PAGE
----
We don’t do any weekday extracurriculars that we can avoid, as I believe in the sanctity of a family dinner, I think doing sports + McDonald’s is dumb, and I don’t believe in hauling three kids around town so two kids can watch one kid do something.

      Also, we have the whole summer available to pack with summer camps and classes.

  3. Laura on May 8, 2014 at 12:43 pm said:

    La Lubu, my IEP meeting is next week. They torture us even in this middle class suburb, too. But I know that you’ve got it much worse. Sigh.

    When Ian was three and I got thrown into the dealing with special ed nonsense, I asked other mothers on a listserv about how families with less resources than ours dealt with it all. At that time, we were still struggling economically and I was working, but we had the advantage of my education and our support system. The other mothers told me to shut up and just worry about my kid.

    Maybe I’ll do an open thread next week for parents to rant about their school districts, while I’m at the meeting.

  4. Jen w on May 8, 2014 at 12:55 pm said:

    I just don’t think you can compare actually having a father who lives with you, even if you don’t see him during the week, to a father who you see maybe a few times a year and definitely not regularly and when you do its full of tension with your mother.

    Plus there’s the money issue.

    I get frustrated when my husband goes away for a week and I have to work, cook, clean and get the kids to school and commute….but i know it will end! and I could totally spend the money on extra help if I really wanted to.

    I appreciate La Lubu’s thoughts on the school year. I wonder how I would feel about full time school…I do know my kids need a break and so do the teachers. But if I could pay higher taxes for full time school/camp/ etc…that would be different.

    I also agree that childcare is an issue. However, I will say that I have always had my kids in non-profit child care situations and honestly, no one is making money on this. I also know the for profit ones are about as expensive. Since we also know that childcare workers make very little money, how, reasonably, do we solve this? I don’t know! But to put a baby in my current childcare (thank god my kid is in preschool there now and it is cheaper and we’re almost done!) is close to $1700/month. Yes, I live in an expensive city, but this is not really outrageous.

  5. scantee on May 8, 2014 at 1:03 pm said:

    number-one-with-a-bullet on why absentee fathers exist in my world is substance abuse.

    Scratch the surface of a lot of UMC communities and you will find a staggering amount of substance (i.e. alcohol) abuse.

    Fathers are very important but the obvious difference between a working-class truly single mom and an UMC “single” mom is the mom. The UMC mom just has so much more time, energy, support, and other resources to devote to her children. That is supposedly the benefit of such an arrangement: that dad works crazy hours to make crazy money so that mom can make it her job to raise the kids. Working class single moms have no such luxury.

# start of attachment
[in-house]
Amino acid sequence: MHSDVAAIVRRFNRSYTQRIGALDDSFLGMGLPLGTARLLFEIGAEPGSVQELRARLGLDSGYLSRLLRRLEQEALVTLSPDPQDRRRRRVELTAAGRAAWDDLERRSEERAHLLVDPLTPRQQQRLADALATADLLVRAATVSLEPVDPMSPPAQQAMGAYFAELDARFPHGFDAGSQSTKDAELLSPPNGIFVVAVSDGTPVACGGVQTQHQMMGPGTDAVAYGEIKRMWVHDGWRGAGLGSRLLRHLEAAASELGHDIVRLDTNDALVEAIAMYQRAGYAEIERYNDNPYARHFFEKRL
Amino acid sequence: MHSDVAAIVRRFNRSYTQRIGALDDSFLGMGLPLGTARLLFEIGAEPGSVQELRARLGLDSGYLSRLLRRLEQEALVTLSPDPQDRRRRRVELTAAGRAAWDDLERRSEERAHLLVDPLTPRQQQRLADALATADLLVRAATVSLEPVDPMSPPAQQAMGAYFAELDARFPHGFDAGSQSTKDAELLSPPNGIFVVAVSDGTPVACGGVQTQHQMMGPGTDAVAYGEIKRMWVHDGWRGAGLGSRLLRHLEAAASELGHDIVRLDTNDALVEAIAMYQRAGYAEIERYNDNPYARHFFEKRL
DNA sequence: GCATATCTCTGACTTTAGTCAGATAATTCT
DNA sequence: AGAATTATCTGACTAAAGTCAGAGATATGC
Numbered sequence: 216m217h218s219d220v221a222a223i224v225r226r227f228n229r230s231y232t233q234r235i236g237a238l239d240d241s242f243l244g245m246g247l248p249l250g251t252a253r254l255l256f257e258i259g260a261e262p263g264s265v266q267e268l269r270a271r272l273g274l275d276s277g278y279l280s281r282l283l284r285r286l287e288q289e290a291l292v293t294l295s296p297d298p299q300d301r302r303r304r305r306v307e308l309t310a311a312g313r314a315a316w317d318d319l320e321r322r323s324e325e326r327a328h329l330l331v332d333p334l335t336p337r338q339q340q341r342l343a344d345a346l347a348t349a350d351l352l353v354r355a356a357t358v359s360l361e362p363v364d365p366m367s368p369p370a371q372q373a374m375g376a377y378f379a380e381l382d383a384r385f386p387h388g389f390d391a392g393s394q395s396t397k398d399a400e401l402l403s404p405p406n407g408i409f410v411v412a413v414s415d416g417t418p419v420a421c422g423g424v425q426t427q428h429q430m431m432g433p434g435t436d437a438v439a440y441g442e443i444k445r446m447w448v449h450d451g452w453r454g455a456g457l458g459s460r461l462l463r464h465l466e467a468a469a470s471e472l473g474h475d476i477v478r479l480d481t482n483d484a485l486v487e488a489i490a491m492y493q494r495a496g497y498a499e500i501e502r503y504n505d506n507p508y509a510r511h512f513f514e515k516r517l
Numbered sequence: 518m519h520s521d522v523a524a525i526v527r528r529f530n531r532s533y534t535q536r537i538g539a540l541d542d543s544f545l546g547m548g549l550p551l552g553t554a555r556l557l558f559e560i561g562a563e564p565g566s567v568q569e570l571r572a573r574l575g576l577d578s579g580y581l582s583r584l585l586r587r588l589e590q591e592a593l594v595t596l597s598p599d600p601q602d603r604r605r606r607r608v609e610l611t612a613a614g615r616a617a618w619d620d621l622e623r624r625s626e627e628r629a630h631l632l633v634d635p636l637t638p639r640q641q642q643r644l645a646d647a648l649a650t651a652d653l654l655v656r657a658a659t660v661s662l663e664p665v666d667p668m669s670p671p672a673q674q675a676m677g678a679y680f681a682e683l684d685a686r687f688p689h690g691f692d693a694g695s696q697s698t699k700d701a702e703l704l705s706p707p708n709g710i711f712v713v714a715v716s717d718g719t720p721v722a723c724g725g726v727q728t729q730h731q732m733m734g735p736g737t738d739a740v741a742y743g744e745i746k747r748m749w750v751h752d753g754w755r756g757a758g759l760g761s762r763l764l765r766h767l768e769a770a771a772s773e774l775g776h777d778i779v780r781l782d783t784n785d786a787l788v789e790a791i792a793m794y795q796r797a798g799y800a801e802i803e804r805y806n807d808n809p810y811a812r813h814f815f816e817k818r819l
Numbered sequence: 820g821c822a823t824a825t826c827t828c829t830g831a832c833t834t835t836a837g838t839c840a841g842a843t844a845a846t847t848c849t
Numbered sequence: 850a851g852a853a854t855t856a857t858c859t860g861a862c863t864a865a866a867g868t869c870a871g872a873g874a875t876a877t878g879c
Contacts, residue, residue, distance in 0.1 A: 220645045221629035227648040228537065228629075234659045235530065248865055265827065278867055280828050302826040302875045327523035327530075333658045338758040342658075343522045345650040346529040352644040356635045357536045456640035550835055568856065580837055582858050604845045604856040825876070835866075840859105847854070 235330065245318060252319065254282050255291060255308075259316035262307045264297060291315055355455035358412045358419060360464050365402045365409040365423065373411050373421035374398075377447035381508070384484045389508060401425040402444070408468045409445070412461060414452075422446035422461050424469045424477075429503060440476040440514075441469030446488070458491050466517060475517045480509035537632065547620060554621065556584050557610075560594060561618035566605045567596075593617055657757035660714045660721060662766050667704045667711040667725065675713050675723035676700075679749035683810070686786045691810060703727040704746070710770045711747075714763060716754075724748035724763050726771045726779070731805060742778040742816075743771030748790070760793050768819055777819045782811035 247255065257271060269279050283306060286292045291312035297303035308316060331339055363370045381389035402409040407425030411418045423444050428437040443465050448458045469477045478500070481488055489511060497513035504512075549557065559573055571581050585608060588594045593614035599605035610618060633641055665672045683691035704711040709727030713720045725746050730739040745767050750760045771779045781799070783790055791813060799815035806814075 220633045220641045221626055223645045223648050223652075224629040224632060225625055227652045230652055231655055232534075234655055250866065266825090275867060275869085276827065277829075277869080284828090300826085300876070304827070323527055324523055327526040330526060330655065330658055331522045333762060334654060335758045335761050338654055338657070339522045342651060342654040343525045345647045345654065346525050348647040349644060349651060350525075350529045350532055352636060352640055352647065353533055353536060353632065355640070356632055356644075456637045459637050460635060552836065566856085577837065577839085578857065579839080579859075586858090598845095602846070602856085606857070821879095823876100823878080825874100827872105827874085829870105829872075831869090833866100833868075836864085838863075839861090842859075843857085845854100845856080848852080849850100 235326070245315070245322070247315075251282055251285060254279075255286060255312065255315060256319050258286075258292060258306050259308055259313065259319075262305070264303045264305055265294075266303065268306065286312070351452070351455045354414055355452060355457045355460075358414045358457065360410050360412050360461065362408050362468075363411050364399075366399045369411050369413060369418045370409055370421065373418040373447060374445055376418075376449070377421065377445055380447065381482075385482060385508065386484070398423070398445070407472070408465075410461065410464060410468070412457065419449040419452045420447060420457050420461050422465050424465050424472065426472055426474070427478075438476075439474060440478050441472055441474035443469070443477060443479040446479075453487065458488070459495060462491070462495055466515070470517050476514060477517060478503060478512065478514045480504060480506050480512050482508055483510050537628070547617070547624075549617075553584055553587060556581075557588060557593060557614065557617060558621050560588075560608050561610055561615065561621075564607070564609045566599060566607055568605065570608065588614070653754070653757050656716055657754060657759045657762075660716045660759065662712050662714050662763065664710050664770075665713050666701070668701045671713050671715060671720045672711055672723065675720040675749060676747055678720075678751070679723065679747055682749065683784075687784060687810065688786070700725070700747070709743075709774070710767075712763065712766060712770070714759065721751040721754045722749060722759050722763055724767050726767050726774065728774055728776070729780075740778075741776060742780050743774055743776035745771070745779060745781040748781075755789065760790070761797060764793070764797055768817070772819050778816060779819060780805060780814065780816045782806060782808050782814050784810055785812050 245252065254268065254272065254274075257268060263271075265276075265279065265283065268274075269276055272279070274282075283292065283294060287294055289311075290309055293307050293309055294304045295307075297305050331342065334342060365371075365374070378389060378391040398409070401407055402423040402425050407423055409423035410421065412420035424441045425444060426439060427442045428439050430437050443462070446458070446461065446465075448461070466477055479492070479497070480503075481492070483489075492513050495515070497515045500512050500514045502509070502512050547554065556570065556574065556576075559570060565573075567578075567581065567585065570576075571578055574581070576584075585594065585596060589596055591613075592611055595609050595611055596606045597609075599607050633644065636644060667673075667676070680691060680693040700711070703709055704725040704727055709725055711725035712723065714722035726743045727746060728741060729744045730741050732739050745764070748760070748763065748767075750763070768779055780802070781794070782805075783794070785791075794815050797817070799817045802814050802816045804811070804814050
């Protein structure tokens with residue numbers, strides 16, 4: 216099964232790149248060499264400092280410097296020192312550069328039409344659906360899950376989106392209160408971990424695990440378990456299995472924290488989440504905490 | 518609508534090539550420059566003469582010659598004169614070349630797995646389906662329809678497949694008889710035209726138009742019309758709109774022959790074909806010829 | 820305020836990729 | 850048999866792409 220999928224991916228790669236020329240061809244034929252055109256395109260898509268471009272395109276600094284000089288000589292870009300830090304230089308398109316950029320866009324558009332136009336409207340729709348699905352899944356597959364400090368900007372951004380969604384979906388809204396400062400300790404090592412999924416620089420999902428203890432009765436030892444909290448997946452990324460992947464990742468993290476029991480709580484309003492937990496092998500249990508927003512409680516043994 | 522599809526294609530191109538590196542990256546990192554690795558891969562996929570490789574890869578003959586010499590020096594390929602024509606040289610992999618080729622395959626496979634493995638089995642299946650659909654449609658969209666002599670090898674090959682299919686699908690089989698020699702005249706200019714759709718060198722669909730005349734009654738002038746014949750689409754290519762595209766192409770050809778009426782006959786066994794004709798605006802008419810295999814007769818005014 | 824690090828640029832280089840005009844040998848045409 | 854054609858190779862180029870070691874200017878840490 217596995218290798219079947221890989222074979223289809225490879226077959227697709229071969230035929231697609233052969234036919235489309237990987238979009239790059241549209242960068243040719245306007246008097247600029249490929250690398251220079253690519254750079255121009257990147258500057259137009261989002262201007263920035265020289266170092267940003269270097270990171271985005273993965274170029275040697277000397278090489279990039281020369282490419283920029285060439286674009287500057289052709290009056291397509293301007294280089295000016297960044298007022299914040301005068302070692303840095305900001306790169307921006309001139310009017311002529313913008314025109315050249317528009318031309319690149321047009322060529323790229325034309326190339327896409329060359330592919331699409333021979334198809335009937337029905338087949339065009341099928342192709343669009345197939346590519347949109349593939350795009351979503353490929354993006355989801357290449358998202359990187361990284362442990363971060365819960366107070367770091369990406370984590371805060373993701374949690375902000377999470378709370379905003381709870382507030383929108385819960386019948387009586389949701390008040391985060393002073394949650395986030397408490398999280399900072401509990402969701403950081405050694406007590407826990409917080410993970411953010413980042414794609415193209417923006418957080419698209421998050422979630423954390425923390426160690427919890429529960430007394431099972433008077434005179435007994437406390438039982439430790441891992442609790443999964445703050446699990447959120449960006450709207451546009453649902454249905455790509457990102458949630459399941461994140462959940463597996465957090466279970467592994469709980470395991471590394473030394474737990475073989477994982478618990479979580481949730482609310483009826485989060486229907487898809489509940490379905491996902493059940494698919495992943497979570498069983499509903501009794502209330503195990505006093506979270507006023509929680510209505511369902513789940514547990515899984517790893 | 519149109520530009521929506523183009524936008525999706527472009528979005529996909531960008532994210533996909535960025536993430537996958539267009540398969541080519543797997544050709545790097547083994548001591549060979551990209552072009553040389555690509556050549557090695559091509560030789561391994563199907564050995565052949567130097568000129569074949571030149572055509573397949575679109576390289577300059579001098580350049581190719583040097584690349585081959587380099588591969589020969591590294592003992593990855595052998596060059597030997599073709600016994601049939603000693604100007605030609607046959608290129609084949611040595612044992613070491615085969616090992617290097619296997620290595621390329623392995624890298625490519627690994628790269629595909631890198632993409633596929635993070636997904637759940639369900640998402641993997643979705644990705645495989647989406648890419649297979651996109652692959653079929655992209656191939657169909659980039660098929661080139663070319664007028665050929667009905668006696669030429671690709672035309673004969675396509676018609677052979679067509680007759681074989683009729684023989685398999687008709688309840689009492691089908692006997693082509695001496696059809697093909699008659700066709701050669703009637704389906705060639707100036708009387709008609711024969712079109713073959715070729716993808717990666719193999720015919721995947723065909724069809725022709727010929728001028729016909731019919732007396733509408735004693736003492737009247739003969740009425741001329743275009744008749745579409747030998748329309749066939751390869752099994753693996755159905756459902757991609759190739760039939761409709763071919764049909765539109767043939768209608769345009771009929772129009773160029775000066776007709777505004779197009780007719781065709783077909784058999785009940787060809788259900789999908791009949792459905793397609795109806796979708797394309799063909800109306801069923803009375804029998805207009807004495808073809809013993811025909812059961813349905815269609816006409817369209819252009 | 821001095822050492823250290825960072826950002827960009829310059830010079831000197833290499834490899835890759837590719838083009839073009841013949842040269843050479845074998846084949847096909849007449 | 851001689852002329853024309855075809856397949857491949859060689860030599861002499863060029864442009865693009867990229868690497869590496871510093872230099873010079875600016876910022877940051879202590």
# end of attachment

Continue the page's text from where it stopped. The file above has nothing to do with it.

6. Laura on May 8, 2014 at 3:03 pm said:

    Over the years, I have periodically argued for a 12 month, 9-5 school year. I had a ton of trouble finding childcare for a special needs kid, when I was teaching. I had to pay triple the costs of a normal daycare. And then there were all those weeks off during the winter time. Steve used up all his vacation time watching kids during breaks. One time I took a sick Jonah to school with me and he threw up in the hallways of the college in the middle of my theory class. Oh, I have a lot more stories like that.

    In the past, I have gotten a lot of pushback on the 12 month school year proposal from teachers and from parents like Amy P. It’s a political non-starter anyway, because local towns can barely afford their 180-day schools. There’s no way they would agree to a 12 month school year. Teachers unions would NEVER let it happen.

    Our town just recently voted to take away one of the two week-long breaks over the winter. A lot of parents opposed the plan, because they like to go to Vale twice during the winter time. Eye roll.

    • Tulip on May 9, 2014 at 7:51 am said:

      It isn’t just a 12 month school year – it is also scheduling of conferences and expectations of volunteering. All of that also assumes that at least one parent is available for those activities. Why does the elementary school concert have to be scheduled at 2:00pm on Thursday?

      • AmyP on May 9, 2014 at 9:38 am said:

        “It isn’t just a 12 month school year – it is also scheduling of conferences and expectations of volunteering.”

        Those parent responsibilities are one of the reasons why the 12-month model is unattractive. It’s nice to have a 2.5 month break from having other people schedule your life for you.

    • Aaaaanndd, there you have it. Ever wonder why the rhetoric about the 1% never took off? Because the top 10% are more of an everyday problem. The 1% don’t even live in my state (for the most part); while the 10% are making sure that the schools on their side of town have all the amenities while struggling students on my side of town can’t even get tutoring after school. We’ve got money so the rich suburban kids can have Frank Lloyd Wright-inspired Prairie-Style quartersawn oak wood bathroom dividers (in an elementary school, no less!), but we can’t afford the services that actually make a substantive difference in the lives of average families, the ones whose children don’t go to Vail?

      It’s a political non-starter anyway, because local towns can barely afford their 180-day schools. There’s no way they would agree to a 12 month school year. Teachers unions would NEVER let it happen.